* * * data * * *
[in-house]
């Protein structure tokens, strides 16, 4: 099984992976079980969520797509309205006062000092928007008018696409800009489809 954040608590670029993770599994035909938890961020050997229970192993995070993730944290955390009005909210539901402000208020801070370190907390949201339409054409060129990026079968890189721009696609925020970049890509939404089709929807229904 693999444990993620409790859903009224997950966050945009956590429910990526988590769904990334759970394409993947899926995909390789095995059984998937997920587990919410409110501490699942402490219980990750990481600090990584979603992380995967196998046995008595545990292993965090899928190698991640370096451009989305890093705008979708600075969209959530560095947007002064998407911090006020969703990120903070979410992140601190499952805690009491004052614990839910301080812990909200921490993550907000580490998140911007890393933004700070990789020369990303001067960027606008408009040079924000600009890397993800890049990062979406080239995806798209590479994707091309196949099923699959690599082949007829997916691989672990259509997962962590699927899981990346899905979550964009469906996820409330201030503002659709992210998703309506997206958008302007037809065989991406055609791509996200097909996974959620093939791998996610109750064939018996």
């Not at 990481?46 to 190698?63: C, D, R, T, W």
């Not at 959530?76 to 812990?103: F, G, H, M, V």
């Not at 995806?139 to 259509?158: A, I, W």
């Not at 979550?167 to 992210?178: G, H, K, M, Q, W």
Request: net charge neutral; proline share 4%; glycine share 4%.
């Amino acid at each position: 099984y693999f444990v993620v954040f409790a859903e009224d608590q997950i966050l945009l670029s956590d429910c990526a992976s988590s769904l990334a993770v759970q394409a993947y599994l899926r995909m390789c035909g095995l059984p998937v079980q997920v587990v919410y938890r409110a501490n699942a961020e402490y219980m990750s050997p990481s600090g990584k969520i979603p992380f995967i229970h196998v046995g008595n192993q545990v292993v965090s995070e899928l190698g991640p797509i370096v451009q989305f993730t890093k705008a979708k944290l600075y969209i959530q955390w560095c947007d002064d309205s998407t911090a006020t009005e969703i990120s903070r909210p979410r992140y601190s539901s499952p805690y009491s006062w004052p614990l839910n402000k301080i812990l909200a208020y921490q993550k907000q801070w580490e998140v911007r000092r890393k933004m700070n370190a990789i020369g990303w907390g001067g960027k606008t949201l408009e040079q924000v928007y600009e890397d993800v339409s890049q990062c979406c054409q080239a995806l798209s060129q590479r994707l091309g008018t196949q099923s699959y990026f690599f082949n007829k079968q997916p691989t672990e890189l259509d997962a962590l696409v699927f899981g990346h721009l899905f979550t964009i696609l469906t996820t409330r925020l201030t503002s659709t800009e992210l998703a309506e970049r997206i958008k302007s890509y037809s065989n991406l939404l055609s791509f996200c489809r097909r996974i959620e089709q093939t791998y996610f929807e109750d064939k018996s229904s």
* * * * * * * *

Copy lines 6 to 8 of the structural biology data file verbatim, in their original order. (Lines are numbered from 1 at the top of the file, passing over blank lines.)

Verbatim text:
């Not at 979550?167 to 992210?178: G, H, K, M, Q, W």
Request: net charge neutral; proline share 4%; glycine share 4%.
């Amino acid at each position: 099984y693999f444990v993620v954040f409790a859903e009224d608590q997950i966050l945009l670029s956590d429910c990526a992976s988590s769904l990334a993770v759970q394409a993947y599994l899926r995909m390789c035909g095995l059984p998937v079980q997920v587990v919410y938890r409110a501490n699942a961020e402490y219980m990750s050997p990481s600090g990584k969520i979603p992380f995967i229970h196998v046995g008595n192993q545990v292993v965090s995070e899928l190698g991640p797509i370096v451009q989305f993730t890093k705008a979708k944290l600075y969209i959530q955390w560095c947007d002064d309205s998407t911090a006020t009005e969703i990120s903070r909210p979410r992140y601190s539901s499952p805690y009491s006062w004052p614990l839910n402000k301080i812990l909200a208020y921490q993550k907000q801070w580490e998140v911007r000092r890393k933004m700070n370190a990789i020369g990303w907390g001067g960027k606008t949201l408009e040079q924000v928007y600009e890397d993800v339409s890049q990062c979406c054409q080239a995806l798209s060129q590479r994707l091309g008018t196949q099923s699959y990026f690599f082949n007829k079968q997916p691989t672990e890189l259509d997962a962590l696409v699927f899981g990346h721009l899905f979550t964009i696609l469906t996820t409330r925020l201030t503002s659709t800009e992210l998703a309506e970049r997206i958008k302007s890509y037809s065989n991406l939404l055609s791509f996200c489809r097909r996974i959620e089709q093939t791998y996610f929807e109750d064939k018996s229904s």